Chrome’s extensions were isolated, easy to develop and had a permissions system in place.
To this day Firefox is still lagging behind in its isolation. For example Chrome can disable extensions in Incognito, but Firefox does not.
Also if you’re not paying attention, Chrome won and it’s nearly a monopoly. This means browser extensions get developed for Chrome first.
Having similar APIs helps with migration.
I view the change as a good thing because I can finally develop my own extensions without headaches.
That is being worked on though:
> The first batch of changes to not run extensions in private browsing mode by default landed, this is still behind a preference.
Solution: change profile to launch another browser instance without extensions.
Go to "about:profiles" in the address bar, or configure shortcuts in your OS to launch browser with different profiles: https://developer.mozilla.org/en-US/docs/Mozilla/Firefox/Mul...
Up until recently†, I'm not aware of a situation where a popular Firefox extension was unable to work in Chrome due to Google restrictions.
†I'm purposefully excluding the whole adblock thing, as that's super recent and thus not relevant here.
I actually still think the API design was a good idea and am glad for the added security. Still, the API change took down some popular extensions for sure.
Now there is no more middle click to submit on forms and I used that at my old job to speed up a bunch of tedious tasks.
It is, and it boils down to the usual security vs. utility tradeoff - beyond some point, more secure means less useful. Kernel access is a stretch, but then again, I could make my computing experience much more pleasant if I had a deeper ability to control and inspect the browser from external software running on my computer.
Especially in Private/Incognito Mode I only want extensions for blocking ads/trackers + 1Password and that’s it.
Also being able to see what the extension does is really valuable to me, because allowing an extension to read the data on all websites you visit is really suspicious for a majority of extensions.
Mozilla has had a good review process in place and truth be told Chrome's Web Store has suffered from spyware and malicious extensions more than Firefox. But that's only because it is more popular and Google is known for really screwed / non-existent human support (e.g. extensions being reported as being malware with no immediate action).
That's fair, but this dynamic drags down usefulness of the whole platform. Browsers could offer extended permissions allowing extensions arbitrary control over the browsing experience, but they can't trust extension authors not to get greedy about privileges, and can't trust regular users to be smart about it. It's what happened with Android: applications requested every possible permission, users learned to just accept it.
> Also being able to see what the extension does is really valuable to me, because allowing an extension to read the data on all websites you visit is really suspicious for a majority of extensions.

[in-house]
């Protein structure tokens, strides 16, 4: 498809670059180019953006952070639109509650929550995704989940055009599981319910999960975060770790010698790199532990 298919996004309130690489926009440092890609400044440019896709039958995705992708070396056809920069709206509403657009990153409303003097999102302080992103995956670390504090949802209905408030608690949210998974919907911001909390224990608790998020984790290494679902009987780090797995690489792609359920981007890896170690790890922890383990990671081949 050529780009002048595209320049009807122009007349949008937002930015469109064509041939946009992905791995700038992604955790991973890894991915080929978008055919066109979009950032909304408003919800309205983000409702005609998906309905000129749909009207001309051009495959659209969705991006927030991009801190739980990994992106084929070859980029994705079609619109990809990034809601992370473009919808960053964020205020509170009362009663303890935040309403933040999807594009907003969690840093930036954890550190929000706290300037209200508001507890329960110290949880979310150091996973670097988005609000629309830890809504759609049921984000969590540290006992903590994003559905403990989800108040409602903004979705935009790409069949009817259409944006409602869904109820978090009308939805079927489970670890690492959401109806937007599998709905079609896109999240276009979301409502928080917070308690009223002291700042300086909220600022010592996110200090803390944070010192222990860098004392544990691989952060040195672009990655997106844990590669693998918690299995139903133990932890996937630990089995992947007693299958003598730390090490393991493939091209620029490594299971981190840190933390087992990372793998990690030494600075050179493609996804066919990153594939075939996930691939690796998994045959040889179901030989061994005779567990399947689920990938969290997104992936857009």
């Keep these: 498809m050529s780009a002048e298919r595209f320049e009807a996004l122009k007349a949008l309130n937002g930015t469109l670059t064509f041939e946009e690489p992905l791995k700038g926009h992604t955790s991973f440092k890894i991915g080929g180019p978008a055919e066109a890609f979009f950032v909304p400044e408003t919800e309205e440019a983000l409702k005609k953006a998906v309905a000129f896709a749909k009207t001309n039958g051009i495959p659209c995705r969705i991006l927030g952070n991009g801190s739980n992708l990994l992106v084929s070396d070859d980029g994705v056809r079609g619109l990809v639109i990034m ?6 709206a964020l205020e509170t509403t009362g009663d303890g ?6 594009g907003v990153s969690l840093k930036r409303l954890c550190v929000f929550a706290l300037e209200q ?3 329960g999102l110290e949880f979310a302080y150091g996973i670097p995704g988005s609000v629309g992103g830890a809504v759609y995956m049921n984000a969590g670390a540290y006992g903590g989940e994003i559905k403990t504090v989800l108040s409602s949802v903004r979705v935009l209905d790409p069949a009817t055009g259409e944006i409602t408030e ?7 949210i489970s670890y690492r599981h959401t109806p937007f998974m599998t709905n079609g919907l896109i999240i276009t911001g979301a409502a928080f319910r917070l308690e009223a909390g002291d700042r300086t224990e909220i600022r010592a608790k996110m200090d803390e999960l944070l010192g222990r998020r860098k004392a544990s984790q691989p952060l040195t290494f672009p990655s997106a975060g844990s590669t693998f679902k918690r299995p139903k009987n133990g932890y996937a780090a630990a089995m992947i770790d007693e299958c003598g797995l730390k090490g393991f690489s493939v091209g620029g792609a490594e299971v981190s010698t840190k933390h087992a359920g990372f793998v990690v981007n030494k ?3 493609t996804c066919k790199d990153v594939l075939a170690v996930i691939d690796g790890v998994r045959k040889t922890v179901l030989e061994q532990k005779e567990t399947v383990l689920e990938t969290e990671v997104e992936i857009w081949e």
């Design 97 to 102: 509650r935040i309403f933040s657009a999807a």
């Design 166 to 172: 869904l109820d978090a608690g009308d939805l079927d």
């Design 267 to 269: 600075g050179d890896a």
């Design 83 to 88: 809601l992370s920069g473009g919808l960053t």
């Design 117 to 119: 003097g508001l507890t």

That's true, and I wish there was an easy way to transparently run a I/O trace on an extension, and to have super-fine-grained user-level control over its permissions. I use a bunch of extensions that modify the contents of sites; I wish I could manually restrict them to a whitelist - and sometimes blacklist. Like, e.g. I don't need Cloud2Butt to work on my banking site.
Not me. If the new extension system didn't present a loss of important (to me) functionality, then I'd think it was a good thing.
But the loss of functionality happened, and that change is what makes the new Firefox unsuitable for me, so I stopped using it (and I never used Chrome).
This is probably very subjective, but I can absolutely not relate to that.
I certainly see where GP is coming from, Microsoft do have an awesome legacy in dev tooling that lives on to this day with products like VSCode, but browser tooling might be the glaring exception to this - perhaps since Microsoft never really was or became an 'internet' company.
I think that's a debatable assertion.
... years later ...
- A year ago I often used Firefox for its great Canvas debugger. They broke it. I've since forgotten about Firefox.
... 2019 ...
- Microsoft is trying to drive people away from IE, hoping for Edge adoption. I don't care for Firefox. Opera is almost Chrome with extensions. Edge sounds like it wants to be Chrome. Chrome won on most battlefronts. I don't like that fact, because of the "free from corporate greed" reasons mentioned, but it's going to be hard to change the status quo.
Lolno, they gave up and are ditching Edge to use Chrome because Electron. https://9to5google.com/2018/12/03/microsoft-chrome-based-bro...
There's plenty of room to improve on privacy. Non technical people don't care too much about privacy issues yet, but they will.
I keep trying to change to Firefox, but bring dragged back to Chrome.
I mostly work on stupidly big Single Page Apps, which may be part of the issue.